After a dip into the red in early trade the Australian sharemarket edged higher as global borrowing costs slipped lower and the wholesale selling across Asian markets abated.
The S&P/ASX 200 index followed the firmer lead from Wall Street to gain 21.8 points, or 0.43 per cent, at 5100 points on low volume, with the major banks accounting for most of the gains after mining giant BHP Billiton disappointed investors with its earnings report.
Trade remained cautious ahead of the release of the US Federal Reserve’s July board meeting minutes tonight which markets fear could indicate further willingness for tapering the $US85 billion a month bond buying program.
Offering some relief to stocks, benchmark US 10-year yields dipped 5 points to 2.87 per cent, although Australian government 10-year yields eased just one point to 3.965 per cent, as traders squared off holdings.
The US dollar also lost ground against the euro and the yen, but the Australian dollar remained on the back-foot, easing 0.3¢ to US90.20¢.
The euro held firm despite a fresh surge in Spanish bank bad debts to 11.6 per cent of all outstanding loans, and comments from German finance minister Wolfgang Schaueble that Greece would need another bailout.
European indices were dragged down by heavy selling of Spanish and Italian banks.
The Shanghai composite index traded in and out of the red and was off 0.4 per cent at the close of the ASX.
In Tokyo the Nikkei index fell sharply mid-session but bounced to close 0.2 per cent up after the Japanese government raised the severity rating of risks at the damaged Fukushima nuclear power station because of persistent leaks of radioactive water.
Gold bounced $US20 from Tuesday’s low to $US1373 an ounce, before slipping to $US1368 an ounce, while copper eased 0.5 per cent to $US7286 a tonne and spot iron ore eased 0.1 per cent to $US139 a tonne on yesterday.
Royal Bank of Scotland currency strategist Greg Gibbs said markets were turning their attention back to economies running current account deficits, including Canada and Australia, both market darlings for the past four years.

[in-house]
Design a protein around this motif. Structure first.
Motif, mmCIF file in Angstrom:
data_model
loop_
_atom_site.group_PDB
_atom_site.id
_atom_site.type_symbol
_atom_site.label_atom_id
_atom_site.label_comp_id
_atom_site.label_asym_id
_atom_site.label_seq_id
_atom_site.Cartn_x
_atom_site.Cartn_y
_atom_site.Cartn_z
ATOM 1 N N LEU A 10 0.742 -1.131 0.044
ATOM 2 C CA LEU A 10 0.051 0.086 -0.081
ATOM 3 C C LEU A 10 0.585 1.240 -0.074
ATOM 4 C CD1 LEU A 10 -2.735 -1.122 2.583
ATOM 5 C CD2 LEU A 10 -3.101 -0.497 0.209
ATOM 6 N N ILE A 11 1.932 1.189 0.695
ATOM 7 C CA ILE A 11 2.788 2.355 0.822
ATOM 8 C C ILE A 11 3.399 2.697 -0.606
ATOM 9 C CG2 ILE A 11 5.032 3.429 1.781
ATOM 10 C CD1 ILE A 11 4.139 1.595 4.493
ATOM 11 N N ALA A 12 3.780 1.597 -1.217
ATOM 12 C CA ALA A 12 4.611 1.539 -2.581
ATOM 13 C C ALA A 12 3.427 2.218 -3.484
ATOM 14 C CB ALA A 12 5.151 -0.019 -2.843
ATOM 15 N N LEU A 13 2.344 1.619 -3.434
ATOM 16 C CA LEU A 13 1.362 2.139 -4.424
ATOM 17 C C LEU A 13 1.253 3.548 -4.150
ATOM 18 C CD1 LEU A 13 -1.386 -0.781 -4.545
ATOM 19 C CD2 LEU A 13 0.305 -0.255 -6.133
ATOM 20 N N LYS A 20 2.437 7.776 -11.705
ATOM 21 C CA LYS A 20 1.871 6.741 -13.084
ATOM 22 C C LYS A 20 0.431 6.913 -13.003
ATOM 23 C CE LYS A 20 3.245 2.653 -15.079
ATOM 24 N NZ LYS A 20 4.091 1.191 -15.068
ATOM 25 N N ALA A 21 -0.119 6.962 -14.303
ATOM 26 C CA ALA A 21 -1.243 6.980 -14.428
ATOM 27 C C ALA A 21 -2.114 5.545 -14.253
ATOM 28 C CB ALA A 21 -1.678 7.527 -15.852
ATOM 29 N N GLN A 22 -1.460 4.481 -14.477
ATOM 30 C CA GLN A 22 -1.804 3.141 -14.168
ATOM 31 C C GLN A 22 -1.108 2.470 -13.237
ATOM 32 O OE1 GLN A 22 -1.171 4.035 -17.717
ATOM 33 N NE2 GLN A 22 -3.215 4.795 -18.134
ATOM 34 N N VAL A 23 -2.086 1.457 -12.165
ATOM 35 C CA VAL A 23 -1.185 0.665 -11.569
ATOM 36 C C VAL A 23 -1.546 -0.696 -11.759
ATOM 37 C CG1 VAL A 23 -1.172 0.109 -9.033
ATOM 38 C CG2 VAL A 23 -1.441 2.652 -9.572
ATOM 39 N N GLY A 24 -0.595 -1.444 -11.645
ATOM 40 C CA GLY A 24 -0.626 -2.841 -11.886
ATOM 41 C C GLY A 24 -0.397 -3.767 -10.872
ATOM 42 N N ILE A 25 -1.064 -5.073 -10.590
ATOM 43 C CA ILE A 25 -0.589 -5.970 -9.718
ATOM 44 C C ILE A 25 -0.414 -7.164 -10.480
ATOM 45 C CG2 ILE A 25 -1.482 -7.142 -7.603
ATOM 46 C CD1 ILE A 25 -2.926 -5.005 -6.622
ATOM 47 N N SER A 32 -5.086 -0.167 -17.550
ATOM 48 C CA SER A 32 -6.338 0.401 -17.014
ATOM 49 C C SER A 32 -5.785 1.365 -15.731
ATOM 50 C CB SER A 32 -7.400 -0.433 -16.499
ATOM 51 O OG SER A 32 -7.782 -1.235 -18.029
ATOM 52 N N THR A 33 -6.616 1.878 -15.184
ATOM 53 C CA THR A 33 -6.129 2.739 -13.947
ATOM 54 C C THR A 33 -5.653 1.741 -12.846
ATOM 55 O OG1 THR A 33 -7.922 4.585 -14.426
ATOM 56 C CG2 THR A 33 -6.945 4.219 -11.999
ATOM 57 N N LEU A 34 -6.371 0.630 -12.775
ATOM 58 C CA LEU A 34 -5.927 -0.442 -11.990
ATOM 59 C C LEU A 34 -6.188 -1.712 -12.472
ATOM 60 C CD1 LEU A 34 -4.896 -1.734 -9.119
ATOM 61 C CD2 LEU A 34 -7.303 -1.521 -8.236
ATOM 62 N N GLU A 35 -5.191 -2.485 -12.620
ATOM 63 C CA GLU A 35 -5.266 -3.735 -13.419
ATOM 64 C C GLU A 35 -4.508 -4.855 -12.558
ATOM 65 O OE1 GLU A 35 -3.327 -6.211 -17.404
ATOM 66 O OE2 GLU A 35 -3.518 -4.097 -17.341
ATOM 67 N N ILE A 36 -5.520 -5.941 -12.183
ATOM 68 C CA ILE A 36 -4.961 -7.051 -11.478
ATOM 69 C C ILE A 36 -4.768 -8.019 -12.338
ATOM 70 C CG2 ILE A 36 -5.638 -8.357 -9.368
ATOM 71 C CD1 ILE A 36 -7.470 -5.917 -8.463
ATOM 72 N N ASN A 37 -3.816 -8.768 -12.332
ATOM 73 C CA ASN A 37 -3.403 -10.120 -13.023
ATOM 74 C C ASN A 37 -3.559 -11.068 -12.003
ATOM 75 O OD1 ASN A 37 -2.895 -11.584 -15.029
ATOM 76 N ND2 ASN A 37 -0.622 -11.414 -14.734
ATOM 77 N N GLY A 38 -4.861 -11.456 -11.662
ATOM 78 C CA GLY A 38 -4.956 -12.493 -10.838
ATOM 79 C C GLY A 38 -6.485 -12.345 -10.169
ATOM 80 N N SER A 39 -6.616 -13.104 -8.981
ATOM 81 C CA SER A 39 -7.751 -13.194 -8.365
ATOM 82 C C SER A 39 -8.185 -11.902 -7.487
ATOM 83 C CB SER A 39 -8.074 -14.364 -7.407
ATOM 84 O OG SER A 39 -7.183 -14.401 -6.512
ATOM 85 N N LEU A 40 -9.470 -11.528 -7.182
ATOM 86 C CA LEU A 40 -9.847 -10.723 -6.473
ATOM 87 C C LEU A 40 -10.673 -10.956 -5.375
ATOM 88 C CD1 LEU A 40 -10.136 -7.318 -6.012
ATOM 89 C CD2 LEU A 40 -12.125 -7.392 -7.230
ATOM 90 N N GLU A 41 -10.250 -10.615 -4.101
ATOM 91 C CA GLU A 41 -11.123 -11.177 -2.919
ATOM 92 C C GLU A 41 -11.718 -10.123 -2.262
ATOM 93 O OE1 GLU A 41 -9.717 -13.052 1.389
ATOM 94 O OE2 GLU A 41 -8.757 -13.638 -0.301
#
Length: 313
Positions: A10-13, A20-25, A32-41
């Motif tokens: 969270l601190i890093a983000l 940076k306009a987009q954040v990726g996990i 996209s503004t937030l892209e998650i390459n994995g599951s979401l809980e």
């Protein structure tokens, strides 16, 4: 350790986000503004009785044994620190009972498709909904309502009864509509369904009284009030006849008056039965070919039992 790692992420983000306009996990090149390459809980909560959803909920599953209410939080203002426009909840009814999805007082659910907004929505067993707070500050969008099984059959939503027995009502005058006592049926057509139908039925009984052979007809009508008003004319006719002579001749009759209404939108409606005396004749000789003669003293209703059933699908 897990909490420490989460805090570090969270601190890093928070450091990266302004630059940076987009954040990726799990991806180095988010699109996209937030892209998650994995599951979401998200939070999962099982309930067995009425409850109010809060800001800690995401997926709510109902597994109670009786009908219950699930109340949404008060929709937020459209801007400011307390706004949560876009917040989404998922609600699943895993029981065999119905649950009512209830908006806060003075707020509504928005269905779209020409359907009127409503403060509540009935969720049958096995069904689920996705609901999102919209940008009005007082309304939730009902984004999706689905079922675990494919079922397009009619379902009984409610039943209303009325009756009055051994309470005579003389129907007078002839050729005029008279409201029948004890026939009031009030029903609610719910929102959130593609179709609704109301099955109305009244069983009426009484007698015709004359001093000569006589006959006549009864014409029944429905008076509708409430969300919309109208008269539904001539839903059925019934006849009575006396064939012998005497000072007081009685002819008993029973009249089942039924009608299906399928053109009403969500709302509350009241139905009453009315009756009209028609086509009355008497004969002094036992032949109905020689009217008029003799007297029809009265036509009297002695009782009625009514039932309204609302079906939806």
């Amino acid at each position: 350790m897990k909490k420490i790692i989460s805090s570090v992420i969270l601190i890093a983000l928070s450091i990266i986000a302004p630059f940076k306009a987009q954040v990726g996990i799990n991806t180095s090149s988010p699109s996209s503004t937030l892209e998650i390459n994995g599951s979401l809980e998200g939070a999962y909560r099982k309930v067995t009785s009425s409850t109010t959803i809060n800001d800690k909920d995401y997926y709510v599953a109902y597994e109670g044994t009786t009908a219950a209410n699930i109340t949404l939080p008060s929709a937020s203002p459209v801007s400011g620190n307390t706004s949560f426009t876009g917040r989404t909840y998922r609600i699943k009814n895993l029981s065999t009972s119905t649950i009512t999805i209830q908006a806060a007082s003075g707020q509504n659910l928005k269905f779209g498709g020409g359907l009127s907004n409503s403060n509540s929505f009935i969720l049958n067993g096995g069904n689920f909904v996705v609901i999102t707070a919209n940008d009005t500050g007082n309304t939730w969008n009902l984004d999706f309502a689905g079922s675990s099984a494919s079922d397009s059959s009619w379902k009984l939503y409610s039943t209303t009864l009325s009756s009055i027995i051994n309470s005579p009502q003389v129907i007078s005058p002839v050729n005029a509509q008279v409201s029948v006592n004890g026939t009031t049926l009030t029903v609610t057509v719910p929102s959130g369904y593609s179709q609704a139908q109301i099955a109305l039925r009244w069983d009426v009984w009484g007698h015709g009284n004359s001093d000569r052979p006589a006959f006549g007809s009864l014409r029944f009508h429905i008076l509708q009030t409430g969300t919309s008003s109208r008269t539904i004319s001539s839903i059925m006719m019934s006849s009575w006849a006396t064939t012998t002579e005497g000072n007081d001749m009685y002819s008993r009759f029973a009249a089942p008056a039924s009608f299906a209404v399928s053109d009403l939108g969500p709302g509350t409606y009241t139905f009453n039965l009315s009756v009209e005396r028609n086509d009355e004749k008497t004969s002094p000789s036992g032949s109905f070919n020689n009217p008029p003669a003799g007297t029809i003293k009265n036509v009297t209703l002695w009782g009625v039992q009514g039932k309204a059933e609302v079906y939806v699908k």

“Apart from the slower growth and weaker confidence in the Chinese economic outlook, the weaker transmission of major economies’ QE policies to Asian markets has followed severe deterioration in the most structurally challenged economies in the region and other large (emerging market) countries,” he said.
“Weaker debt and external balance positions in the region, particularly in the larger more significant growth drivers, will discourage capital inflow, no matter how cheap credit can be accessed.”
The broader All Ordinaries index was up 21.5 points, or 0.42 per cent, at 5090.3.
On the ASX 24, the September share price index futures contract was 23 points higher at 5074 with 23,425 contracts traded.
IG Markets institutional dealer Chris Weston said there was no real explanation for why the big four banks were all higher.
"It’s been a tale of some sort of variance in the mining space, but banking stocks have really been on fire today and that’s really why the market’s been moving up,” Mr Weston said.
"There’s no real smoking gun."
He said investors were keeping an eye on the flight of capital from emerging Asian markets to the United States and European markets.
"The prospect of a negative situation in that region is really escalating,” he said.
Among the banks, NAB gained 57 cents to $32.14, Commonwealth Bank added 83 cents to $71.10, ANZ was up 17 cents at $29.73, and Westpac rose by 15 cents to $31.29.
Macquarie Group gained 80 cents to $44.60.
In the resources sector, BHP Billiton dropped 80 cents, or 2.2 per cent, to $35.74, after its weaker than expected annual profit result announced late yesterday.
Oil and gas giant Woodside also fell, despite a rise in its half year profit due to strong production from its giant Pluto gas plant. Its shares dropped 60 cents to $38.10.
Other energy and mining stocks performed better, with Rio Tinto gaining nine cents to $59.60, Fortescue added four cents to $4.09, and Oil Search was four cents higher ay $8.25.
Among the many companies to report profits, Super Retail was one of the worst performers on the market.
Shares in the auto, sports and leisure retailer dropped 65 cents, or five per cent, to $12.30, despite the company’s 23 per cent full year profit growth.National turnover was 1.7 billion securities worth $3.9 billion.